"Small and medium-sized banks in the New York District reported the most broad-based increase in loan demand since the mid-1990s. Several bankers in the Richmond District said the volume of small business loan applications was markedly higher. Drivers of business loan demand included energy, healthcare, and commercial real estate. Several Districts noted increased demand for capital spending loans.
Reports on mortgage lending generally indicated slow improvement. The New York District noted stronger mortgage lending, although growth in refinancing eased. The Cleveland District indicated strong mortgage demand and a shift from home refinancing to new purchases. The Richmond District cited continued improvement in mortgage demand, although refinancing still dominated much of the mortgage lending. The Atlanta District said that more applicants had ample cash for down payments or enough equity in their homes to meet refinancing requirements. Demand for commercial real estate loans was generally reported to be stronger. Districts reporting on consumer lending noted steady demand, with some strength in auto loans.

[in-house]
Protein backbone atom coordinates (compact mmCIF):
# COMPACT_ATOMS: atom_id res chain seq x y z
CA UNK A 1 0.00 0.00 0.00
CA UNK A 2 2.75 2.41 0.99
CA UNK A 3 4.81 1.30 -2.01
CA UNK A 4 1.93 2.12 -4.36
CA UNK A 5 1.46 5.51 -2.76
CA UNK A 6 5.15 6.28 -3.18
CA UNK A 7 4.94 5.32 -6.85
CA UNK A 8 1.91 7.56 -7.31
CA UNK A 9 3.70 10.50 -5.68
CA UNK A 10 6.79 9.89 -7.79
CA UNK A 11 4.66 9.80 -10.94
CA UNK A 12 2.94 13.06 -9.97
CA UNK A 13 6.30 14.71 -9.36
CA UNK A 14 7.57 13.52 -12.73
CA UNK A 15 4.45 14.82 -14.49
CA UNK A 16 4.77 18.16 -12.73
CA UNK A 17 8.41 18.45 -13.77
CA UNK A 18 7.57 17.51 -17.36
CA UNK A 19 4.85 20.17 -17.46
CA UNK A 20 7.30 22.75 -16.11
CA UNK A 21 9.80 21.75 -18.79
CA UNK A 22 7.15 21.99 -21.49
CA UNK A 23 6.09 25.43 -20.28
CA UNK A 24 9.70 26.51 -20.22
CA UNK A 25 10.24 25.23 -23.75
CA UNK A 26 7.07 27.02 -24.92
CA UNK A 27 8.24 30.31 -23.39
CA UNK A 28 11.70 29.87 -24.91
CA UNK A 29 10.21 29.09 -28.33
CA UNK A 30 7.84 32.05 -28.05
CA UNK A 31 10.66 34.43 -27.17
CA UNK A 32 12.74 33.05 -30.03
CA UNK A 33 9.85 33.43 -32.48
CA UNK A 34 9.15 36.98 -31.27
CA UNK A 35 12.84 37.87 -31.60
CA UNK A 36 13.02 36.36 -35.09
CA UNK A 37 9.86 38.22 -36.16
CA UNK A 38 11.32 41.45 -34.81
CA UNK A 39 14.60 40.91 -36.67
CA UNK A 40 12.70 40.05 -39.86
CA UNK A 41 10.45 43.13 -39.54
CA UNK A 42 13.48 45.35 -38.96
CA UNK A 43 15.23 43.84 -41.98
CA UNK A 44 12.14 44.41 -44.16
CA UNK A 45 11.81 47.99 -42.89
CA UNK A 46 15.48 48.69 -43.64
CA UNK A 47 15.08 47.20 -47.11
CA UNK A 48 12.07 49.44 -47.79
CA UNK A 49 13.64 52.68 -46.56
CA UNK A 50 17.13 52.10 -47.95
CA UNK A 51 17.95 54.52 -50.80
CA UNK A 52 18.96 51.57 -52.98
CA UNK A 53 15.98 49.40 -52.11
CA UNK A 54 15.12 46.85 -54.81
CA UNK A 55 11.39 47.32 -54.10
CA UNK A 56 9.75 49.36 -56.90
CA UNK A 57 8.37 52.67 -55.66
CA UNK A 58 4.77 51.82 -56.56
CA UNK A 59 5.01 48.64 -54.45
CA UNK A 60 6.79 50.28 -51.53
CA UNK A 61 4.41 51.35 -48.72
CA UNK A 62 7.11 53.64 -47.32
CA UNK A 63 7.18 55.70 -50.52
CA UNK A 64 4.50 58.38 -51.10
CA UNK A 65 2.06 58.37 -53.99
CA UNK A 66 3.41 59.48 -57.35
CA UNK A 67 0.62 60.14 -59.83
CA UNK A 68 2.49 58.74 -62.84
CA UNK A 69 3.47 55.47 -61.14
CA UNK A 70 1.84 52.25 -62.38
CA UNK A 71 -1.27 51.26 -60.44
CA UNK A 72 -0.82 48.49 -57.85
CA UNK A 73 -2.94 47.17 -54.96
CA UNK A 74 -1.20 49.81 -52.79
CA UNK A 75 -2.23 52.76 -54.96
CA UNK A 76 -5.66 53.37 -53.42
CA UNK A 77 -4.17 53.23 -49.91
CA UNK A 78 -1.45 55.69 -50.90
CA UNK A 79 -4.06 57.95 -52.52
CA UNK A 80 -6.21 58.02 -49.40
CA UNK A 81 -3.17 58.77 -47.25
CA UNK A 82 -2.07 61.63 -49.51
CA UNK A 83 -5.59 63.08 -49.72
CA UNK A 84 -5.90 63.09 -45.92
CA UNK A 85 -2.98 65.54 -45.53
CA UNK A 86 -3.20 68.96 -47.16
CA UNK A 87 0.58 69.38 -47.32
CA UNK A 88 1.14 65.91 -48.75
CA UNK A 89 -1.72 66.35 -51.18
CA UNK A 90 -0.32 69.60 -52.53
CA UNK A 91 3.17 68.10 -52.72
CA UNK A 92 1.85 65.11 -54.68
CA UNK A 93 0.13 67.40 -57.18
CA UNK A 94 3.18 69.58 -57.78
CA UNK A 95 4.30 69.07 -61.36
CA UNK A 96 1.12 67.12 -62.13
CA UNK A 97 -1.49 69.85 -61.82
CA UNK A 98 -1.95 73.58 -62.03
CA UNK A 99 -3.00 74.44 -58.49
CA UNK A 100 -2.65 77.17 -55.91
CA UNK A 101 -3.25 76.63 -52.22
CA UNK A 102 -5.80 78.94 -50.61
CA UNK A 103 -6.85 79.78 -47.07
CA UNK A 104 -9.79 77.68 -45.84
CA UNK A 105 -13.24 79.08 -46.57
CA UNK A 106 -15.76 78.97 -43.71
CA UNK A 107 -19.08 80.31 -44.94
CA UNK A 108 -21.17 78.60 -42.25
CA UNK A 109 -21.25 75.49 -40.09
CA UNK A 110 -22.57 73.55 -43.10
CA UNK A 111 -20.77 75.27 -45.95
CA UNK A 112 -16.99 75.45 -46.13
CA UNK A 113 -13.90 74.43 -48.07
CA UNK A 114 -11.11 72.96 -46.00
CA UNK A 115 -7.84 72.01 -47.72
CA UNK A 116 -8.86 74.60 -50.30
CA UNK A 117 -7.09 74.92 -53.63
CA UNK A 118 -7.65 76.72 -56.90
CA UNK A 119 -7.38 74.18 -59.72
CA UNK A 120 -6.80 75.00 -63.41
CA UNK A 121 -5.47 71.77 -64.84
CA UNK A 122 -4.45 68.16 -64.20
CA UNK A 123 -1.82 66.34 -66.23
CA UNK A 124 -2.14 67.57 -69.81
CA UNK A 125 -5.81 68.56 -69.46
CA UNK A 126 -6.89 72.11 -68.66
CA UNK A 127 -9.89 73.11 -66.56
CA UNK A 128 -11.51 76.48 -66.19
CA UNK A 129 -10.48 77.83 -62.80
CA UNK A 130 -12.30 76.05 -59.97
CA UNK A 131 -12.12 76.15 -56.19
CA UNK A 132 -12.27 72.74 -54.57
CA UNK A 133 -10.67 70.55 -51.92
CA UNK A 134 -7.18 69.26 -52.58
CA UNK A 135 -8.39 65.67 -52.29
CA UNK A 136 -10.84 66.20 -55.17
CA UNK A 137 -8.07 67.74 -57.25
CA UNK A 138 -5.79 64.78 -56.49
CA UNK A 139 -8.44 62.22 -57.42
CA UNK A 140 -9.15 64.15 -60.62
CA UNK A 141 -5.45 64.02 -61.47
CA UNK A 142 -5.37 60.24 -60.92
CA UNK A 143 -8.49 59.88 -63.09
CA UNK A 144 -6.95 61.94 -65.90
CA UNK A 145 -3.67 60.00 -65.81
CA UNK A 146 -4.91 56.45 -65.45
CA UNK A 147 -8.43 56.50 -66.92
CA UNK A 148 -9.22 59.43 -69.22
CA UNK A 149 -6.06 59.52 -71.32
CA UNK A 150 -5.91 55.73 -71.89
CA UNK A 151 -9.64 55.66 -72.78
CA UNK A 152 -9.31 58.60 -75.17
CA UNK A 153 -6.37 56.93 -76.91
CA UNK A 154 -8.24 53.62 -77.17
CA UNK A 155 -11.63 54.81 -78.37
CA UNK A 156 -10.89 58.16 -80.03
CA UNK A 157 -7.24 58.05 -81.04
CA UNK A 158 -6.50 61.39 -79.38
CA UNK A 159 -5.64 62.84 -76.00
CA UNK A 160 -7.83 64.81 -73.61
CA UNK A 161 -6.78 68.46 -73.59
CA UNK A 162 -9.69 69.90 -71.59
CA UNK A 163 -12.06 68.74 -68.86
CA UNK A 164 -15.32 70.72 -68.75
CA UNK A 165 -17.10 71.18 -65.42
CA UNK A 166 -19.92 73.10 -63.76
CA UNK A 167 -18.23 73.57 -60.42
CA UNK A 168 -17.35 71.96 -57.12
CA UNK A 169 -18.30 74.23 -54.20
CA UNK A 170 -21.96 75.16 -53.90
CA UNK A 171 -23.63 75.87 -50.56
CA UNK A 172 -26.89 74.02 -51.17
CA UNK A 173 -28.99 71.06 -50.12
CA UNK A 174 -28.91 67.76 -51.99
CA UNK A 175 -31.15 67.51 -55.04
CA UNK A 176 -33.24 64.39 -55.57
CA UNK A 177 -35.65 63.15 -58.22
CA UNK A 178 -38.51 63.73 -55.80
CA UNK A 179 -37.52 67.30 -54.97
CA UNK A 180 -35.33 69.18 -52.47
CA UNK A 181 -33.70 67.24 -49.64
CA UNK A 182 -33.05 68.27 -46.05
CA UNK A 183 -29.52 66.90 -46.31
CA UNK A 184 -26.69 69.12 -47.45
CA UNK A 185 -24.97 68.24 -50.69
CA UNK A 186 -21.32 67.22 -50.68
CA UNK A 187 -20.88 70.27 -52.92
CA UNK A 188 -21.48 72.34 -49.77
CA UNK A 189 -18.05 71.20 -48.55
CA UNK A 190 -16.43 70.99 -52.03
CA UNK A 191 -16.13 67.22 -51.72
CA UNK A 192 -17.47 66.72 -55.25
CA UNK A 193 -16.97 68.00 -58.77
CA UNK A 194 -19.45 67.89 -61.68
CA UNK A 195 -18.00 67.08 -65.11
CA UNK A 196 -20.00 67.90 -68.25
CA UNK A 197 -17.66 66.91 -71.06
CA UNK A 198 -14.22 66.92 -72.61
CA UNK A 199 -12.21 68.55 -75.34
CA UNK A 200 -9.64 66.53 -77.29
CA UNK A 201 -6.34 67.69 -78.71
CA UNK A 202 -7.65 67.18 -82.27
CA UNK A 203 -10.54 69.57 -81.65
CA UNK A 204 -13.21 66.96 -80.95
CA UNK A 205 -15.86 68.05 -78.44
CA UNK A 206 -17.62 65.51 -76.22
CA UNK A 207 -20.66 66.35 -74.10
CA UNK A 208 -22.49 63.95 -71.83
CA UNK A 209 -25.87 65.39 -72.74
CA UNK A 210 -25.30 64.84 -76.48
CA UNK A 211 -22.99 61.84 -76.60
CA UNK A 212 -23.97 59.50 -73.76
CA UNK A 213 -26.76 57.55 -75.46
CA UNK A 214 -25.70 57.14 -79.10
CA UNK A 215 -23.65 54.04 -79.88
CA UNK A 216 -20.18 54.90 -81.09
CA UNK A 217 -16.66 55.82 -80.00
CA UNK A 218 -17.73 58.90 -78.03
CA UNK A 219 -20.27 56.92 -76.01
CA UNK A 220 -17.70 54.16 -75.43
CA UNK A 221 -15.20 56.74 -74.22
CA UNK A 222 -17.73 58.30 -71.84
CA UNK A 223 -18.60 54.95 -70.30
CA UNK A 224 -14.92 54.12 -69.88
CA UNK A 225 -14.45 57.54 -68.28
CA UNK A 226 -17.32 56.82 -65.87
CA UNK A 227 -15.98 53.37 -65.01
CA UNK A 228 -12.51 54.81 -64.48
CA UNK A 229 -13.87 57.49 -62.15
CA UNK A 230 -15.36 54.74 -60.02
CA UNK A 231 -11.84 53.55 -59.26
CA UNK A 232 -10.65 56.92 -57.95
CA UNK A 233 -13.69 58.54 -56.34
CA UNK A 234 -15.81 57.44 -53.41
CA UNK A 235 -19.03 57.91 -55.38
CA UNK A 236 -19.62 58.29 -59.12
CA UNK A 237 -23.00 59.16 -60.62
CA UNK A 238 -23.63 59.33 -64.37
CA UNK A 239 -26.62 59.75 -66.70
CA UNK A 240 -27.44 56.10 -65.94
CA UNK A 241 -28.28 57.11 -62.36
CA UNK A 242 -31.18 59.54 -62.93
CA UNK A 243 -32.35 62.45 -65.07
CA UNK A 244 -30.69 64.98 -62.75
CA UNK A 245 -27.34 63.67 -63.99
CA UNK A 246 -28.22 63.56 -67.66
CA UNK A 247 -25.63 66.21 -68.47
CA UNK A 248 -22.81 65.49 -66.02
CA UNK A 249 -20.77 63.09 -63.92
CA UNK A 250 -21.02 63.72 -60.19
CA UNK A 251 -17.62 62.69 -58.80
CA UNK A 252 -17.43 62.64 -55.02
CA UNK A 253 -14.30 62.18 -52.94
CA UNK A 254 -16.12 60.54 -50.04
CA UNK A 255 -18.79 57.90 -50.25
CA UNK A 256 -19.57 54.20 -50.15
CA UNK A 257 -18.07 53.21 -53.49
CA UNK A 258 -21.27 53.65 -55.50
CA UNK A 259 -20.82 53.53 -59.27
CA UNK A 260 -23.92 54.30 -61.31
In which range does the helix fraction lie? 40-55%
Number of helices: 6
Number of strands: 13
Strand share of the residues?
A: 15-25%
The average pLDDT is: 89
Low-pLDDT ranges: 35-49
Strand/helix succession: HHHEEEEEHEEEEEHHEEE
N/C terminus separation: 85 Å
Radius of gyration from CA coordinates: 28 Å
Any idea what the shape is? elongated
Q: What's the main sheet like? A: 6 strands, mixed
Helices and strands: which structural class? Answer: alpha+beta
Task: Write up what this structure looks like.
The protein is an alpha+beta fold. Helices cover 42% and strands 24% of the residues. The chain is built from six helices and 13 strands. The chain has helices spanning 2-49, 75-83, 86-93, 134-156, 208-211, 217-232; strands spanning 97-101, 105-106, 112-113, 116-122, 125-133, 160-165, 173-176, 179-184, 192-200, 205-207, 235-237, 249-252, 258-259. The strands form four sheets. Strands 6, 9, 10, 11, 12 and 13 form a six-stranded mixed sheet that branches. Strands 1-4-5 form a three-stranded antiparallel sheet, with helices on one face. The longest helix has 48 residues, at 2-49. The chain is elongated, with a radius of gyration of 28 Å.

A number of Districts, including Cleveland, Atlanta, Chicago, Dallas, and San Francisco, said loan pricing remained quite competitive. New York District respondents noted a decrease in spreads of loan rates over the cost of funds, particularly for commercial mortgages. Lending standards were relatively unchanged to slightly easier across Districts and loan types. Bankers reporting on deposit growth indicated that deposits were steady or continued to increase. Credit quality remained solid, and there were several reports of improved loan quality. Most District banks said loan delinquencies continued to decline."
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